Touchscreens Could Foster Future Collaboration

Touchscreens Could Foster Future Collaboration

Using a computer for many individual users







 

For all their advantages, most touchscreen devices currently in use are unable to recognize more than one user at a time. “Multi-touch” screens are therefore the next goal for touchscreen manufacturers, which would enable multiple simultaneous users on a device and illustrate what analysts believe is the future direction of education technology: collaboration. A recent report by research firm Compass Intelligence found that “implementing collaborative tools to enhance instruction” would be one of the main growth areas in future education technology plans. The Sarasota County (Fla.) School District, for example, spent $14 million over four years installing some 3,000 Promethean ActivBoards in classrooms across the district and in every grade.


"We are looking at getting the teacher away from being the only one with the knowledge, the only one interacting with the board." Mike Horan, director of information technology, Sarasota County (Fla.) School district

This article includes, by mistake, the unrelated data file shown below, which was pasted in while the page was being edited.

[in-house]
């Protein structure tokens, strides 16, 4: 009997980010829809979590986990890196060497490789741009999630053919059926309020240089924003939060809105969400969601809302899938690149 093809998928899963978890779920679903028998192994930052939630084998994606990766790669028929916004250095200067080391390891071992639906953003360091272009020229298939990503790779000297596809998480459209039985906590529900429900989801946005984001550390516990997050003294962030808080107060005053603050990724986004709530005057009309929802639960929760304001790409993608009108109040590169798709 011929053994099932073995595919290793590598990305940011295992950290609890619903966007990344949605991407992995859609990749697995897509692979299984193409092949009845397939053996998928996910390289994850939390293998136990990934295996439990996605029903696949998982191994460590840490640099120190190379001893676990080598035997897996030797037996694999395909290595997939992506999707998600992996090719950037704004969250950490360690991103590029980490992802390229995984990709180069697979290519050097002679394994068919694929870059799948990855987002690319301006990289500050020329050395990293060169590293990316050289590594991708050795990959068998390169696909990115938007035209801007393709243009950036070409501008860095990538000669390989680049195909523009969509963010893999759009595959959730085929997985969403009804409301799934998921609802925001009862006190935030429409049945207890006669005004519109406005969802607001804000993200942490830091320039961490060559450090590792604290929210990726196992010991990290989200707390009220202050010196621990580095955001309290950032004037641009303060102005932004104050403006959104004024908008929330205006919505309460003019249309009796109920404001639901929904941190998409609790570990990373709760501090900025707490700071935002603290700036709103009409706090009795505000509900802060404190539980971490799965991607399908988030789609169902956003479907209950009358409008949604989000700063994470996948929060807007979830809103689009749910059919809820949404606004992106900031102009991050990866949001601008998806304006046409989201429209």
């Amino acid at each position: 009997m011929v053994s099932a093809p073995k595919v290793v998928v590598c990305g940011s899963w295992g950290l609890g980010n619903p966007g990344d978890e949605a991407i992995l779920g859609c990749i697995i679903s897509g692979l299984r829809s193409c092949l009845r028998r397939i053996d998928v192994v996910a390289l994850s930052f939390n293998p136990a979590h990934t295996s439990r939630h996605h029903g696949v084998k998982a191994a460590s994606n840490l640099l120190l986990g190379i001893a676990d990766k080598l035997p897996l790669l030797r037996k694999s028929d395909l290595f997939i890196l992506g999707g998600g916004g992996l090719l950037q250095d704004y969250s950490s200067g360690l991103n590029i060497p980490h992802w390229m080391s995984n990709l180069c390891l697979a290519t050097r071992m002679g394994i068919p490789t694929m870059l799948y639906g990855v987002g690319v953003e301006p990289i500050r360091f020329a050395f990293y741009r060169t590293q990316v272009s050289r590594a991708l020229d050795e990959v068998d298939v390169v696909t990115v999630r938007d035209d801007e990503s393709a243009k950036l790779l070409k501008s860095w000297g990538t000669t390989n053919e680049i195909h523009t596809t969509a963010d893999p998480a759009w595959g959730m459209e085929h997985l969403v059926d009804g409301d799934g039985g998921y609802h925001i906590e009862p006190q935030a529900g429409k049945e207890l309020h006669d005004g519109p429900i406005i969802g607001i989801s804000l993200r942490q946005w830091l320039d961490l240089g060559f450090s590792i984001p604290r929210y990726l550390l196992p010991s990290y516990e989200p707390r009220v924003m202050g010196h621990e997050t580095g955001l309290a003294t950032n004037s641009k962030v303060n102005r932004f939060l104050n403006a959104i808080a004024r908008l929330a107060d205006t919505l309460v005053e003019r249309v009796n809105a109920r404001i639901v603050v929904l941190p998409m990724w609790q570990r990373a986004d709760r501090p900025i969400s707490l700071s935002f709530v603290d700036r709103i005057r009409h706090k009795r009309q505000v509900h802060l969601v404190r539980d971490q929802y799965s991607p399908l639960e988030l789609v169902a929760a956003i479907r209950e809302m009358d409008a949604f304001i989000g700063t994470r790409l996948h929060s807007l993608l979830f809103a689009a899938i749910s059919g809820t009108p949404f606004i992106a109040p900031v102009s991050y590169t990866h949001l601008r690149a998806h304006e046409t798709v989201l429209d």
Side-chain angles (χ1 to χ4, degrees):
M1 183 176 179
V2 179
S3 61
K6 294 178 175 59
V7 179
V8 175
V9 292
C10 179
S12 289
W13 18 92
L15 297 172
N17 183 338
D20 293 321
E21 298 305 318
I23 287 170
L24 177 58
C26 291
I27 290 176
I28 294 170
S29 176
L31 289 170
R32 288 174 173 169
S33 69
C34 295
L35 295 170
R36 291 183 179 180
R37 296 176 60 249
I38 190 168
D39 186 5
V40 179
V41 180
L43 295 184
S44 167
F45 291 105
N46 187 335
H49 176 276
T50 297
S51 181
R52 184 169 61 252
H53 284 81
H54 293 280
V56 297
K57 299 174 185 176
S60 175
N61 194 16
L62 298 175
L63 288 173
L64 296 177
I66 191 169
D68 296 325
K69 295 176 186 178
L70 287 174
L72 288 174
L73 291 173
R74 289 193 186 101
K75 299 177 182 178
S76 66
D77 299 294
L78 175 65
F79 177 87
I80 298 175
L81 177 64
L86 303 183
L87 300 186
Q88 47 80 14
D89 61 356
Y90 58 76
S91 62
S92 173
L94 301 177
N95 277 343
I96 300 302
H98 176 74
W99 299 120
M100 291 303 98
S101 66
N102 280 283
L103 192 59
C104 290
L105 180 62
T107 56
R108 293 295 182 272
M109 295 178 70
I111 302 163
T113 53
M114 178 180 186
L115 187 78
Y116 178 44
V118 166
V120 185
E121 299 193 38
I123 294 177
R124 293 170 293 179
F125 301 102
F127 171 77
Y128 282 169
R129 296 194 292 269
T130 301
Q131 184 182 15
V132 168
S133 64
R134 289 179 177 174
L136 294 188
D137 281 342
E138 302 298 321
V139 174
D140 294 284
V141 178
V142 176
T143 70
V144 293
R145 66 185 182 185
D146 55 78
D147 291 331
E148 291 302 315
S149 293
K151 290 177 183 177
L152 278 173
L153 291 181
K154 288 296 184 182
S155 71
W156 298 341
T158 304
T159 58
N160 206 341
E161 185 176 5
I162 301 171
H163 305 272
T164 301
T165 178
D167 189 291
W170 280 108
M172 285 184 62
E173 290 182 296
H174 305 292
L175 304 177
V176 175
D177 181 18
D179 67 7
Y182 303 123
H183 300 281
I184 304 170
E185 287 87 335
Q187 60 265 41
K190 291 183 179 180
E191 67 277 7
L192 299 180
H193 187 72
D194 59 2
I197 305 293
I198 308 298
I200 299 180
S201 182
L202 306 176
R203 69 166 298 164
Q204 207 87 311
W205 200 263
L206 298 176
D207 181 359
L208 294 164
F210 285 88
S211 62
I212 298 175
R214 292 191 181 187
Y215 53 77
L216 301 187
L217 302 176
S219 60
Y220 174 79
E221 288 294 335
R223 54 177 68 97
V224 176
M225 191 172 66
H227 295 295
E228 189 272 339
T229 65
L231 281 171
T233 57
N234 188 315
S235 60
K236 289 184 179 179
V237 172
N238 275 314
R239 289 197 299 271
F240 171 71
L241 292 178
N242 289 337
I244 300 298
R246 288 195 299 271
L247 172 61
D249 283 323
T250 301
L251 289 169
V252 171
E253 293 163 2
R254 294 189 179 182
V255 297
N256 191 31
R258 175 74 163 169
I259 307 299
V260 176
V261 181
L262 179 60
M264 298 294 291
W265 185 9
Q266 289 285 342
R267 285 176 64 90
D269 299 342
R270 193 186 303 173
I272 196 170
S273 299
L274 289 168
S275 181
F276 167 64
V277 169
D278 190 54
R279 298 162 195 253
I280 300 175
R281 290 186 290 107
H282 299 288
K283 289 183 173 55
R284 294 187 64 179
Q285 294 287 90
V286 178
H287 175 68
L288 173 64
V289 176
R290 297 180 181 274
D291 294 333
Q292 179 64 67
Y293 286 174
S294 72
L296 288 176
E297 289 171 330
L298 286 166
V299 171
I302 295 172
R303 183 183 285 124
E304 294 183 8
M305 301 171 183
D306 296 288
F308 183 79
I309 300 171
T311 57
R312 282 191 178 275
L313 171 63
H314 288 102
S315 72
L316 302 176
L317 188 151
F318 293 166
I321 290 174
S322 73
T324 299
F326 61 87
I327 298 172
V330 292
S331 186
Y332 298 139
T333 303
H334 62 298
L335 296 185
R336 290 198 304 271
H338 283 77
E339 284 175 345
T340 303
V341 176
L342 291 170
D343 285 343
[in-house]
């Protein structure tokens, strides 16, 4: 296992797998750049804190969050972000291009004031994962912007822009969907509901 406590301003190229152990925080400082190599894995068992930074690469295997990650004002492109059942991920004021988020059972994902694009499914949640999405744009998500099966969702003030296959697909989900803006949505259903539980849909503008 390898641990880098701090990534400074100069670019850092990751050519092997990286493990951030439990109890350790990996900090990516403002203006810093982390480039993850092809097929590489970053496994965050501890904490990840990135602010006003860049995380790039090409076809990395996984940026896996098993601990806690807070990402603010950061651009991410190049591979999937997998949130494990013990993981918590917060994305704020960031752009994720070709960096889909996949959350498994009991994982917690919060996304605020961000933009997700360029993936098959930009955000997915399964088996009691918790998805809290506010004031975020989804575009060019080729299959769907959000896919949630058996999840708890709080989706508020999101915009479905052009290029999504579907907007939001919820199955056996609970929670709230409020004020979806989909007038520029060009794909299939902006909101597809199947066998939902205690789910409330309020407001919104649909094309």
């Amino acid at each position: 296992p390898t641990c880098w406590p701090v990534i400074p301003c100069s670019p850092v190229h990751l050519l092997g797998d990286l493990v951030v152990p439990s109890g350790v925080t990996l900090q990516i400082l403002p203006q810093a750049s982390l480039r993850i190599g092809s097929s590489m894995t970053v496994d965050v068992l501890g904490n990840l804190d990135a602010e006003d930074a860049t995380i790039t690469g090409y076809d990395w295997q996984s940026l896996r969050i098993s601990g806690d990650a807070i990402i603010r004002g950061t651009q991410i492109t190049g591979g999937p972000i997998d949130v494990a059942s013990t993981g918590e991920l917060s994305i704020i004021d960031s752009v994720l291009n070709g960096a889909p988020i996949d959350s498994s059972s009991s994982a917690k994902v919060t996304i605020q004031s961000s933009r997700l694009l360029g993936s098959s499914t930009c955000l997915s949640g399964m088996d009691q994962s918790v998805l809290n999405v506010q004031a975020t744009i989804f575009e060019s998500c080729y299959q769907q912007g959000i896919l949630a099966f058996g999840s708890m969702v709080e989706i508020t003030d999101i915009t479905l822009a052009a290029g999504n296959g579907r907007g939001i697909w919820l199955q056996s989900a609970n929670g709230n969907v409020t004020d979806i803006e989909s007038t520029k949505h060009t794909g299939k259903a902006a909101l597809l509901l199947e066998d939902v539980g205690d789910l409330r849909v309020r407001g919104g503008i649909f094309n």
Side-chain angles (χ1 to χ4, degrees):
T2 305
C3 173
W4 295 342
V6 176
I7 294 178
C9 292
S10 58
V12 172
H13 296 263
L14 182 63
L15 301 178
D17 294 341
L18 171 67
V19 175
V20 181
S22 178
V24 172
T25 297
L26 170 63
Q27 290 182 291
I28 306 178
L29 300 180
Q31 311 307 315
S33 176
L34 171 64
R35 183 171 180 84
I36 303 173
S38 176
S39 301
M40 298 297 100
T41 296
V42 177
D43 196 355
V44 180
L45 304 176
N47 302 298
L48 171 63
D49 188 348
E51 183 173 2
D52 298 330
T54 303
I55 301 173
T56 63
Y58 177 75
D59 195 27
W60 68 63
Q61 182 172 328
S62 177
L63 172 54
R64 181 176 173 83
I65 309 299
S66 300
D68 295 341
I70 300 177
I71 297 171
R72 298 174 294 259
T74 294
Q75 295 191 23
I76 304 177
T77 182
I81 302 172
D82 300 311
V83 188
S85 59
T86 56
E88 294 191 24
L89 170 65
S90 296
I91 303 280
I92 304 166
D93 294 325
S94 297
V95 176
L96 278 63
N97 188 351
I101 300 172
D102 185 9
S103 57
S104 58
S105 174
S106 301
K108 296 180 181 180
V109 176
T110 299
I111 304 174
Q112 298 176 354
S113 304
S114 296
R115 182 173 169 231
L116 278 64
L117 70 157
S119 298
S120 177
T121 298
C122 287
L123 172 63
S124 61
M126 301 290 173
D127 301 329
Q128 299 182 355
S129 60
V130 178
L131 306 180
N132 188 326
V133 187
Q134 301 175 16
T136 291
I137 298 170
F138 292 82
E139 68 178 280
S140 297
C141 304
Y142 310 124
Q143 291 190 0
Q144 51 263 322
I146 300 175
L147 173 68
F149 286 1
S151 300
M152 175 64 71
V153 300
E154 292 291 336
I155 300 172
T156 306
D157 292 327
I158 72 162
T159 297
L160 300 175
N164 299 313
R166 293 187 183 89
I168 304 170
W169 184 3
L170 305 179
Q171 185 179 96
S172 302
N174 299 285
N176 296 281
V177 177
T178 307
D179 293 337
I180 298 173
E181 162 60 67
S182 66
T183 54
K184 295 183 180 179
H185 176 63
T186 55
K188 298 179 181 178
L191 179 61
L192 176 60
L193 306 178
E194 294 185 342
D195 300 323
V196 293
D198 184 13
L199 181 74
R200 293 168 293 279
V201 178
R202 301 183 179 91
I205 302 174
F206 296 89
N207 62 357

Multi-touch screens could prove to be an important part of the trend. Education technology researchers from Durham University in the U.K . demonstrated their prototype “interactive desk” with students in a British elementary classroom in September, a project that was part of the government-funded Teaching and Learning Research Programme. Like a desk-sized iPhone or interactive whiteboard, the prototype is intended to be a combination desk and computer, and it “allows for multiple finger presses on a screen at one time, unlike one computer mouse,” says Liz Burd, lead researcher for the project. The unit demonstrates the possible future for collaborative, touch-based school technology. “With three kids at one unit, you can have thirty pointers to the screen at any time. For the first time you have one computer for many individual users.” Students can work alone or together on the desks, while teachers are able to control the content via a master console. “They can send out to the desks whatever activity they want pupils to work on. A panel on the teacher’s console will show what each of the pupils are doing, so they can offer extra instruction or support where necessary,” says Burd. “Significant bodies of research highlight how students learn more deeply when they are engaged in discussing their work with others. We believe that the combination of direct touch and group activity through a multi-touch environment will significantly enhance students’ learning experiences.”


Kurt O. Dyrli is products editor.


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